Filler-Corn picks committee chairs; Lawmaker reports ‘arsenal’ threat and more headlines

Virginia Mercury

Our daily roundup of headlines from Virginia and elsewhere.

• Incoming House Speaker Eileen Filler-Corn appointed three members of the Virginia Legislative Black Caucus to lead key legislative committees. It will be the first time in two decades an African American has led a House committee.—The Washington Post

• A lawsuit slowly proceeding in federal court aims to tie violent online speech and planning by organizers of the 2017 white supremacist rally in Charlottesville to the real-world violence that followed. “In many ways, social media has become the Klan den of the 21st century.”—Associated Press

• The FBI says a Chesapeake doctor accused of performing unwanted hysterectomies and other surgeries on patients was motivated by greed, submitting fraudulent bills to insurance companies for the procedures. Agents say he owned five luxury automobiles and claimed in a loan application to have $200,000 worth of “gold/art” in his home. An additional 173 former patients have come forward since his arrest last week.—Associated Press

• “The two U.S. Park Police officers who fatally shot unarmed motorist Bijan Ghaisar in 2017 will not be charged with any crimes in connection with the incident, federal prosecutors said Thursday. The decision came just days before the second anniversary of the slaying.  Family members and a number of elected officials expressed outrage at the decision and the lack of any explanation for the shooting.”—The Washington Post

• Police body camera footage appears to contradict a Portsmouth officer’s contention that a man she shot was holding a gun.—The Virginian-Pilot

• Authorities in Roanoke closed schools and ordered residents to shelter in place as they searched for a Marine deserter suspected in the shooting death of his mother’s boyfriend.—The Roanoke Times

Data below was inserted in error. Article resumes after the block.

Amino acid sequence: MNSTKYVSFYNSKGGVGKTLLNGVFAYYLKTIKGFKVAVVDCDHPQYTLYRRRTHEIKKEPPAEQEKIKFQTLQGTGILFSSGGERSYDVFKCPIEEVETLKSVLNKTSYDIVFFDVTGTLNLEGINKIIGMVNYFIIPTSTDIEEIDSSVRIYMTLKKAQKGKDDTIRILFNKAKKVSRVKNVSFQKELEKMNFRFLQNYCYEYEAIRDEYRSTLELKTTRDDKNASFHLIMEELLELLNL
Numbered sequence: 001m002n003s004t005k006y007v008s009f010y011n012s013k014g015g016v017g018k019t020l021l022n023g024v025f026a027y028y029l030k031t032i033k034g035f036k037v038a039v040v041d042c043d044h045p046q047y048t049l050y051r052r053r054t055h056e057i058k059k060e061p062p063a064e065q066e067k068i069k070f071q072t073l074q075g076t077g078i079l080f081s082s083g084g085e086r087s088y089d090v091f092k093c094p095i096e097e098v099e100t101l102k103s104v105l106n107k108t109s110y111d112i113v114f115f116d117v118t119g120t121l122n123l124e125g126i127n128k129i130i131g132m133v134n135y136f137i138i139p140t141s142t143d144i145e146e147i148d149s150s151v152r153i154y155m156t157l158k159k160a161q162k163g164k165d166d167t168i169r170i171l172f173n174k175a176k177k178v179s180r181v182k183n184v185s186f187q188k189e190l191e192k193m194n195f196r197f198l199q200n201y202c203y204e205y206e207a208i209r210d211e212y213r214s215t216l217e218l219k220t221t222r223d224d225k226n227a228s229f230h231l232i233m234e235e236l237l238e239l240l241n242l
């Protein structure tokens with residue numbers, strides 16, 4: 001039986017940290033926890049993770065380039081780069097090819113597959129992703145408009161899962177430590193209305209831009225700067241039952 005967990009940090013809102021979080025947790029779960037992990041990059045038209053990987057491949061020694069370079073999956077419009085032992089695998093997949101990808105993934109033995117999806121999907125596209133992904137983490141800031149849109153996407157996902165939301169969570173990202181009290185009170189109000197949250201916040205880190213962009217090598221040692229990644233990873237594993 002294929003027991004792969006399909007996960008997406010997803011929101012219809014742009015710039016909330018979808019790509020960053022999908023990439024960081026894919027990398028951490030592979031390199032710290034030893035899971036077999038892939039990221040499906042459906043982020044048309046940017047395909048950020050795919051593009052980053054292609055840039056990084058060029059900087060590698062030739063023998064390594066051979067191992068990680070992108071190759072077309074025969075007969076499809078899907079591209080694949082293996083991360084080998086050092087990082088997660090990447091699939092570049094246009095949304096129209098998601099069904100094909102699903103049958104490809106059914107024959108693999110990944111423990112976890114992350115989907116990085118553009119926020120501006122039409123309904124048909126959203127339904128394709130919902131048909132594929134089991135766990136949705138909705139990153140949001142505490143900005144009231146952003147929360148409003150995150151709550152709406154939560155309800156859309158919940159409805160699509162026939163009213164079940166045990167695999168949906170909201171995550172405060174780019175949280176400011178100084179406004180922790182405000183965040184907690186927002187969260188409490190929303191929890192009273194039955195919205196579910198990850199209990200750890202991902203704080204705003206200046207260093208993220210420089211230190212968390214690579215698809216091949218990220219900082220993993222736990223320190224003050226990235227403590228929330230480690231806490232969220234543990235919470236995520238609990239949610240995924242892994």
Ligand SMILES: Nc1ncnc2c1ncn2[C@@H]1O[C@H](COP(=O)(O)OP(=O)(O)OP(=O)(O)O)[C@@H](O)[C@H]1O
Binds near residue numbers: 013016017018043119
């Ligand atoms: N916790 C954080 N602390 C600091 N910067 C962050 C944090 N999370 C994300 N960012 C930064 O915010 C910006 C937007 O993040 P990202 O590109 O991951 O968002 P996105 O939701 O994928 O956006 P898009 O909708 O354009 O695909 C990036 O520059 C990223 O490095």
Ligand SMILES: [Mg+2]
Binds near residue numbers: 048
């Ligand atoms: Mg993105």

• Franklin County school leaders abandoned a policy of denying school lunches to students who can’t afford them following public criticism and a community fundraising campaign.—The Roanoke Times

• “A new memorial to American suffragists broke ground Thursday in Lorton, Virginia, near the site where women involved in the struggle for the right to vote were brutally imprisoned in the late 1910s. It is scheduled to open next year on Aug. 26, the 100th anniversary of the 19th Amendment’s official certification.”—WAMU

• Campbell County leaders declared their locality a “Second Amendment Sanctuary” in response to Democrats’ victories in the General Assembly.—WDBJ7

• Del. Ibraheem Samirah, D-Fairfax, asked Capitol Police to investigate a Virginia Beach school board member who responded to his tweet about Democrats winning majorities with a private Facebook post saying she was “purchasing an arsenal over the next two months.” Samirah said he interpreted the post as a threat. The school board member called the contention “utterly ridiculous.”—The Virginian-Pilot

• A former Virginia Beach City Council candidate is suing a man she says accused her of having “sex with a physical fitness trainer in a hospital bathroom while the man was there for heart surgery … while his family was in the next room.” The suit claims the allegation, which she denies, was posted days before the election on a widely read Facebook page called “Vintage North End Virginia Beach an Illustrated History Archive.”—The Virginian-Pilot

• A trio of migrating great white sharks is hanging out off the coast of Virginia.—The Virginian-Pilot